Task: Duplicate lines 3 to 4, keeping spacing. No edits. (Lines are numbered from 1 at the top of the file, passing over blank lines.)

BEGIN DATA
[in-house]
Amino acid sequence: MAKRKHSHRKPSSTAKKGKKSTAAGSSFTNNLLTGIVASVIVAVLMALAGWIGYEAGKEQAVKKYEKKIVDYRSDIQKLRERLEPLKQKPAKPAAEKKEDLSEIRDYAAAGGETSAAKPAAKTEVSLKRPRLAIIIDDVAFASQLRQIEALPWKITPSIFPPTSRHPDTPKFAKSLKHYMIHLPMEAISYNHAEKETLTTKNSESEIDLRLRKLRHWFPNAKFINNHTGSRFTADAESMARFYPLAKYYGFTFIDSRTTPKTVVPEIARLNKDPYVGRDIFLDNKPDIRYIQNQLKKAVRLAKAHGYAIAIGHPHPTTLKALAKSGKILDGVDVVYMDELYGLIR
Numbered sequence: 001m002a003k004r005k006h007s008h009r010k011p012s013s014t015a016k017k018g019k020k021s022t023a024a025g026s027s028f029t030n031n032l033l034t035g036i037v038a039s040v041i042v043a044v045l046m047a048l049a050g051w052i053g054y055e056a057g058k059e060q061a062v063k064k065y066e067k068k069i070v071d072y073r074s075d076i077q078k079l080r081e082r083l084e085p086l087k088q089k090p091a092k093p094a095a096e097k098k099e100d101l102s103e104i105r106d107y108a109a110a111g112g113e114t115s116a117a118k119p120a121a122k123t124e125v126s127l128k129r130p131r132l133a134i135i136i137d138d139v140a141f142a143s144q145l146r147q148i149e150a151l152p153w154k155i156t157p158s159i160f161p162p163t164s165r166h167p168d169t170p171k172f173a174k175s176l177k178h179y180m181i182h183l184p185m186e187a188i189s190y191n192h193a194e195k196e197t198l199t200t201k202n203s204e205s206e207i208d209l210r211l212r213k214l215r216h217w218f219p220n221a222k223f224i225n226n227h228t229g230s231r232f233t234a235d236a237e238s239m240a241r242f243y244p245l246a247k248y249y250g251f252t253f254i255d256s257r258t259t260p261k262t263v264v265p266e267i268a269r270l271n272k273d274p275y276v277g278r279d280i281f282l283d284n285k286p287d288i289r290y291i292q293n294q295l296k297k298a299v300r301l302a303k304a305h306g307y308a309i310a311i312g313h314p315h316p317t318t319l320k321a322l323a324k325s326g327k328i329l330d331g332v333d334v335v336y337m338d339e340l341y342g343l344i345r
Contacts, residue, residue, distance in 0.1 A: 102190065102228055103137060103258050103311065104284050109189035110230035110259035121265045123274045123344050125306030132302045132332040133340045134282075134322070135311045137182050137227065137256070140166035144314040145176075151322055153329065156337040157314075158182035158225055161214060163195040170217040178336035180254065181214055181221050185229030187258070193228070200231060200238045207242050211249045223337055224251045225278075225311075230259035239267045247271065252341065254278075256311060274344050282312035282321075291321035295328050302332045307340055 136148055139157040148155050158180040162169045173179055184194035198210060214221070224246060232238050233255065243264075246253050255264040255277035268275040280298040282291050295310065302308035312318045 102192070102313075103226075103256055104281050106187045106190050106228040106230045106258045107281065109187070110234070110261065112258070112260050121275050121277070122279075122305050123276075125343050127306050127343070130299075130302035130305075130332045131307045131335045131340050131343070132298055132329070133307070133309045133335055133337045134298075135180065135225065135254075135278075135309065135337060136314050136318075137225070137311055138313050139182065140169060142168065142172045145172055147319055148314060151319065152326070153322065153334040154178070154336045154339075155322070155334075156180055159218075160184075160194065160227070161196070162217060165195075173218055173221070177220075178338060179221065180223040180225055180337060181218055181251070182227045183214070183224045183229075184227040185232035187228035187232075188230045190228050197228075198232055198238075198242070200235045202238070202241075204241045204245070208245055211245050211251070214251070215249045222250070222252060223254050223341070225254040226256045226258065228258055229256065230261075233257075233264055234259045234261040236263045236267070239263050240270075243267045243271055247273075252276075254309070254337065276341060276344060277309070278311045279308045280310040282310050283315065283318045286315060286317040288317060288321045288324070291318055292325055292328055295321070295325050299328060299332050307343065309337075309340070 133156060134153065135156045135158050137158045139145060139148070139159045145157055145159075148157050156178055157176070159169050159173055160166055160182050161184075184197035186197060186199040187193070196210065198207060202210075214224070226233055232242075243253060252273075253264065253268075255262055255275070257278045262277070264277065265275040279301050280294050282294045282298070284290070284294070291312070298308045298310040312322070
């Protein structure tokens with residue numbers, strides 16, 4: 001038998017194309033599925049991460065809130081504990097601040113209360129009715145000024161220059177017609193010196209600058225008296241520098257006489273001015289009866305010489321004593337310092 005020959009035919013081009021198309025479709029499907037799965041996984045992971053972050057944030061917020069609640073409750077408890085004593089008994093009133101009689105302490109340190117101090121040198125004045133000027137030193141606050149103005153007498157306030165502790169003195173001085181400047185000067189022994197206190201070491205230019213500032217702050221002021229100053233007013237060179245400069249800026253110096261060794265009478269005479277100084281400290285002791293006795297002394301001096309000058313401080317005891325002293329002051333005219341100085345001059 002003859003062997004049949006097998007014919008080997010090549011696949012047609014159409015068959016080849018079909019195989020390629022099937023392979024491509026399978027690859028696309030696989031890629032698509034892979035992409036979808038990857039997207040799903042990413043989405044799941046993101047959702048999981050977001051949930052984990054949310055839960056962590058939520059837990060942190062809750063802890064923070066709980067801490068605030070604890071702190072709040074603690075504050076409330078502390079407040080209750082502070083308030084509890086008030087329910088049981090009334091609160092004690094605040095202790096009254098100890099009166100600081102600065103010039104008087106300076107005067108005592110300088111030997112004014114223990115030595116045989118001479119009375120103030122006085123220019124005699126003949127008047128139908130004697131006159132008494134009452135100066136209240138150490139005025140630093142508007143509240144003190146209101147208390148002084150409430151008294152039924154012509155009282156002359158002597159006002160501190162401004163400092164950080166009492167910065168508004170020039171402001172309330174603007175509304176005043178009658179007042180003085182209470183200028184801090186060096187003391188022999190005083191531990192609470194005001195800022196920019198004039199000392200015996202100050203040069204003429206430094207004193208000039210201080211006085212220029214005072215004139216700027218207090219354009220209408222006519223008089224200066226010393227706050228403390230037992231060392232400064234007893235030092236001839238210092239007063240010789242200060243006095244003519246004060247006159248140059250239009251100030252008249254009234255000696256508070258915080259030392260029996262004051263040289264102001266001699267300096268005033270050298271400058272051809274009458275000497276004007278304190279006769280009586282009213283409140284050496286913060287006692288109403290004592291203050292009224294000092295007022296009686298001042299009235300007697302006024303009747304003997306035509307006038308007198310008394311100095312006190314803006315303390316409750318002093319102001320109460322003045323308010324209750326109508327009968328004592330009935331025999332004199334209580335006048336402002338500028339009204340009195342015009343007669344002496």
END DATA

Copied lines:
Numbered sequence: 001m002a003k004r005k006h007s008h009r010k011p012s013s014t015a016k017k018g019k020k021s022t023a024a025g026s027s028f029t030n031n032l033l034t035g036i037v038a039s040v041i042v043a044v045l046m047a048l049a050g051w052i053g054y055e056a057g058k059e060q061a062v063k064k065y066e067k068k069i070v071d072y073r074s075d076i077q078k079l080r081e082r083l084e085p086l087k088q089k090p091a092k093p094a095a096e097k098k099e100d101l102s103e104i105r106d107y108a109a110a111g112g113e114t115s116a117a118k119p120a121a122k123t124e125v126s127l128k129r130p131r132l133a134i135i136i137d138d139v140a141f142a143s144q145l146r147q148i149e150a151l152p153w154k155i156t157p158s159i160f161p162p163t164s165r166h167p168d169t170p171k172f173a174k175s176l177k178h179y180m181i182h183l184p185m186e187a188i189s190y191n192h193a194e195k196e197t198l199t200t201k202n203s204e205s206e207i208d209l210r211l212r213k214l215r216h217w218f219p220n221a222k223f224i225n226n227h228t229g230s231r232f233t234a235d236a237e238s239m240a241r242f243y244p245l246a247k248y249y250g251f252t253f254i255d256s257r258t259t260p261k262t263v264v265p266e267i268a269r270l271n272k273d274p275y276v277g278r279d280i281f282l283d284n285k286p287d288i289r290y291i292q293n294q295l296k297k298a299v300r301l302a303k304a305h306g307y308a309i310a311i312g313h314p315h316p317t318t319l320k321a322l323a324k325s326g327k328i329l330d331g332v333d334v335v336y337m338d339e340l341y342g343l344i345r
Contacts, residue, residue, distance in 0.1 A: 102190065102228055103137060103258050103311065104284050109189035110230035110259035121265045123274045123344050125306030132302045132332040133340045134282075134322070135311045137182050137227065137256070140166035144314040145176075151322055153329065156337040157314075158182035158225055161214060163195040170217040178336035180254065181214055181221050185229030187258070193228070200231060200238045207242050211249045223337055224251045225278075225311075230259035239267045247271065252341065254278075256311060274344050282312035282321075291321035295328050302332045307340055 136148055139157040148155050158180040162169045173179055184194035198210060214221070224246060232238050233255065243264075246253050255264040255277035268275040280298040282291050295310065302308035312318045 102192070102313075103226075103256055104281050106187045106190050106228040106230045106258045107281065109187070110234070110261065112258070112260050121275050121277070122279075122305050123276075125343050127306050127343070130299075130302035130305075130332045131307045131335045131340050131343070132298055132329070133307070133309045133335055133337045134298075135180065135225065135254075135278075135309065135337060136314050136318075137225070137311055138313050139182065140169060142168065142172045145172055147319055148314060151319065152326070153322065153334040154178070154336045154339075155322070155334075156180055159218075160184075160194065160227070161196070162217060165195075173218055173221070177220075178338060179221065180223040180225055180337060181218055181251070182227045183214070183224045183229075184227040185232035187228035187232075188230045190228050197228075198232055198238075198242070200235045202238070202241075204241045204245070208245055211245050211251070214251070215249045222250070222252060223254050223341070225254040226256045226258065228258055229256065230261075233257075233264055234259045234261040236263045236267070239263050240270075243267045243271055247273075252276075254309070254337065276341060276344060277309070278311045279308045280310040282310050283315065283318045286315060286317040288317060288321045288324070291318055292325055292328055295321070295325050299328060299332050307343065309337075309340070 133156060134153065135156045135158050137158045139145060139148070139159045145157055145159075148157050156178055157176070159169050159173055160166055160182050161184075184197035186197060186199040187193070196210065198207060202210075214224070226233055232242075243253060252273075253264065253268075255262055255275070257278045262277070264277065265275040279301050280294050282294045282298070284290070284294070291312070298308045298310040312322070